Book Club #4
This month themes are inclusivity and diversity.
On January 12th, join our book club meeting in a relaxed, warm and unpretentious atmosphere. To participate, you must have read at least one book from the list.
This initiative of five Ambassadors wishes to introduce you to authors to stimulate reflection and open dialogue on topics that affect women. The Book Club is intended for people who wish to find new recommendations as well as for those who wish to participate in group discussions on the themes.
Each month, a selection of books and podcasts will be offered around a particular theme in line with the values of the JCCFQ.
Shuni by Naomi Fontaine (FR)
Naomi Fontaine writes a beautiful letter to Shuni, a young white girl who came to help in her village. She tells her about the life and history of her people, but above all the precious moments of her community. With light and softness, the author describes the landscapes, the Innu traditions. She also writes to her son “little bear”, giving him the strength of her people to break down prejudices. A magnificent text to help better understand this beautiful community.
Source : Annie Proulx, librairie A à Z (Les libraires) – Translated by JCCFQ
Rabbit: The Autobiography of Ms. Pat by Patricia Williams et Jeannine Amber
One of five children, Pat watched as her alcoholic mother struggled to get by on charity, cons and petty crimes. At seven Pat was taught to roll drunks for money. At 12, she was targeted for sex by a man eight years her senior; by 13 she was pregnant. By 15 Pat was a mother of two.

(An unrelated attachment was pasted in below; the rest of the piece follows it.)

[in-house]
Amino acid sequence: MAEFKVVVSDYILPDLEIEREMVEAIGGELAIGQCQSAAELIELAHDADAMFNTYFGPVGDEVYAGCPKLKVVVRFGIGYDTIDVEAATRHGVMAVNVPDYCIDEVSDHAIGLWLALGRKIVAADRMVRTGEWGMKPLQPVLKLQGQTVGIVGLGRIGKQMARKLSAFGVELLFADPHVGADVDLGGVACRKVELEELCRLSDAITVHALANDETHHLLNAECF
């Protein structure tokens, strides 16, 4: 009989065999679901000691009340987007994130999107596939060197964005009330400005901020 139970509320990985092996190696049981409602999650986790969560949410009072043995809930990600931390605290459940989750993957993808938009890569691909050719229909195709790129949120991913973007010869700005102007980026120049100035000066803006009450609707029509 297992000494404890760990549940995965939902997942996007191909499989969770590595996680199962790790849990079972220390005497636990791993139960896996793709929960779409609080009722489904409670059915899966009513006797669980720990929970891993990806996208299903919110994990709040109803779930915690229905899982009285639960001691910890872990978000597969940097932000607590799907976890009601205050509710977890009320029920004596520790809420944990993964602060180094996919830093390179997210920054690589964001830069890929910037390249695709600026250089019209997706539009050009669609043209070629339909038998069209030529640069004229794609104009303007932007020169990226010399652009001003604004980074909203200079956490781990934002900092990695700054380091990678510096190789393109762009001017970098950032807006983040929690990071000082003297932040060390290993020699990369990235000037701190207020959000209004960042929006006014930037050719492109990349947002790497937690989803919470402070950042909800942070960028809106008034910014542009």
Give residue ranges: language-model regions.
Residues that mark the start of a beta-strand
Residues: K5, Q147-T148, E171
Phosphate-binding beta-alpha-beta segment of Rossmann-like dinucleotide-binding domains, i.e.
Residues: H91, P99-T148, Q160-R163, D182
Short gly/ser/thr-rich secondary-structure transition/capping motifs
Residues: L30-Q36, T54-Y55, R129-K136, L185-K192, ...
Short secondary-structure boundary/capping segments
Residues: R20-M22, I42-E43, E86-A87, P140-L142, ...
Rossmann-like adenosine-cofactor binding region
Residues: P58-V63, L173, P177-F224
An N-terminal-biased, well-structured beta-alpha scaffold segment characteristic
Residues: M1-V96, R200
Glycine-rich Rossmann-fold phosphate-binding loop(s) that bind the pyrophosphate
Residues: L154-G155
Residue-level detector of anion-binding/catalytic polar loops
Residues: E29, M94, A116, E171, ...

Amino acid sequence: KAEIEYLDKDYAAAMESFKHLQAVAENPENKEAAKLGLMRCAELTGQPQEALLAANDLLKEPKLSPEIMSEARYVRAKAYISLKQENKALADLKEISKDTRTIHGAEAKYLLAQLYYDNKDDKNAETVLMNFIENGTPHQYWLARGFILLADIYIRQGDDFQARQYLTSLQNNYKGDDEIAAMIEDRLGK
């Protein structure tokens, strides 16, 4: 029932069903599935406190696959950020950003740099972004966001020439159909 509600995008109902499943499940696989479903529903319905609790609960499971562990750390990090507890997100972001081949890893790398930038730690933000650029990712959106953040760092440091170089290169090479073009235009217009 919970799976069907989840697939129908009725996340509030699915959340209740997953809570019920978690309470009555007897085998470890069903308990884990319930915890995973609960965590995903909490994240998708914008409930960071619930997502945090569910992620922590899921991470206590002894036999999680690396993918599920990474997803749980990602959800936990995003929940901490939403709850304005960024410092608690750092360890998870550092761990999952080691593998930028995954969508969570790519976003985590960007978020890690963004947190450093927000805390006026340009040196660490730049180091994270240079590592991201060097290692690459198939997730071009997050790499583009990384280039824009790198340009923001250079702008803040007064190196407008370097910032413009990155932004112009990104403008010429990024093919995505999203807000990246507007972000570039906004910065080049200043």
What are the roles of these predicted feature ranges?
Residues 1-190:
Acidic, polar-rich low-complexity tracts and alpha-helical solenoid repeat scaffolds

Alone at 16, Pat was determined to make a better life for her children. But with no job skills and an eighth-grade education, her options were limited. She learned quickly that hustling and humor were the only tools she had to survive.
Source : GoodReads et JCCFQ
Eloquent Rage: A Black Feminist Discovers Her Superpower by Brittney C. Cooper
With searing honesty, intimacy, and humor too, America’s leading young Black feminist celebrates the power of rage in this piercing new book. So what if it’s true that Black women are mad as hell? They have the right to be. In the Black feminist tradition of Audre Lorde, Brittney Cooper reminds us that anger is a powerful source of energy that can give us the strength to keep on fighting. In Brittney Cooper’s world, neither mean girls nor f–kboys ever win. But homegirls emerge as heroes. This book argues that ultimately feminism, friendship, and faith in one’s own superpowers are all we really need to turn things right side up again.
Source : Goodreads
L’esprit du camp par Axelle Lenoir/ Michel Falardeau (FR)
Summer 1994: with just two months left before college, Elodie is forced by her mother to take a job as a camp counselor. She doesn’t know the first thing about nature, or sports, of kids for that matter, and isn’t especially interested in learning… but now she’s responsible for a foul-mouthed horde of red-headed girls who just might win her over, whether she likes it or not. Just as Elodie starts getting used to her new environment, though — and close to one of the other counselors — a dark mystery lurking around the camp begins to haunt her dreams.
Source : Goodreads